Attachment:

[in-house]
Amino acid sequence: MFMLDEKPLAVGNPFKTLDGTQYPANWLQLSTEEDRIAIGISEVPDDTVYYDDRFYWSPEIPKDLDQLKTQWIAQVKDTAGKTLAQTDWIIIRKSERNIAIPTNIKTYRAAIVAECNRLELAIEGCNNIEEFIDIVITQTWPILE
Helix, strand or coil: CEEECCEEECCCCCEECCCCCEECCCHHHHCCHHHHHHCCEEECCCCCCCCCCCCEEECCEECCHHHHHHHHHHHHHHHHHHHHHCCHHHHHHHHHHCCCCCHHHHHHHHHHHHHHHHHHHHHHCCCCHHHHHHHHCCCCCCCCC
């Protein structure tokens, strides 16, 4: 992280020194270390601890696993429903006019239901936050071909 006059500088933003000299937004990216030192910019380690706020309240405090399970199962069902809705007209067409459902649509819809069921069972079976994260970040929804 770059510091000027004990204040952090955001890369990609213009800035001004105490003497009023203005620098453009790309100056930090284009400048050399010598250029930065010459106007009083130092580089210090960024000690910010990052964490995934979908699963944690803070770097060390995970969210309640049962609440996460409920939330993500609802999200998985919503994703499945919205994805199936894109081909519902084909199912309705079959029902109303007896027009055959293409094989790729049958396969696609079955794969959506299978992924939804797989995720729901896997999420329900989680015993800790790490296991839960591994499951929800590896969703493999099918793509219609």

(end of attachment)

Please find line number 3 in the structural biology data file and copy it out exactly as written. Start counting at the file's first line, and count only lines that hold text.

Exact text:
Helix, strand or coil: CEEECCEEECCCCCEECCCCCEECCCHHHHCCHHHHHHCCEEECCCCCCCCCCCCEEECCEECCHHHHHHHHHHHHHHHHHHHHHCCHHHHHHHHHHCCCCCHHHHHHHHHHHHHHHHHHHHHHCCCCHHHHHHHHCCCCCCCCC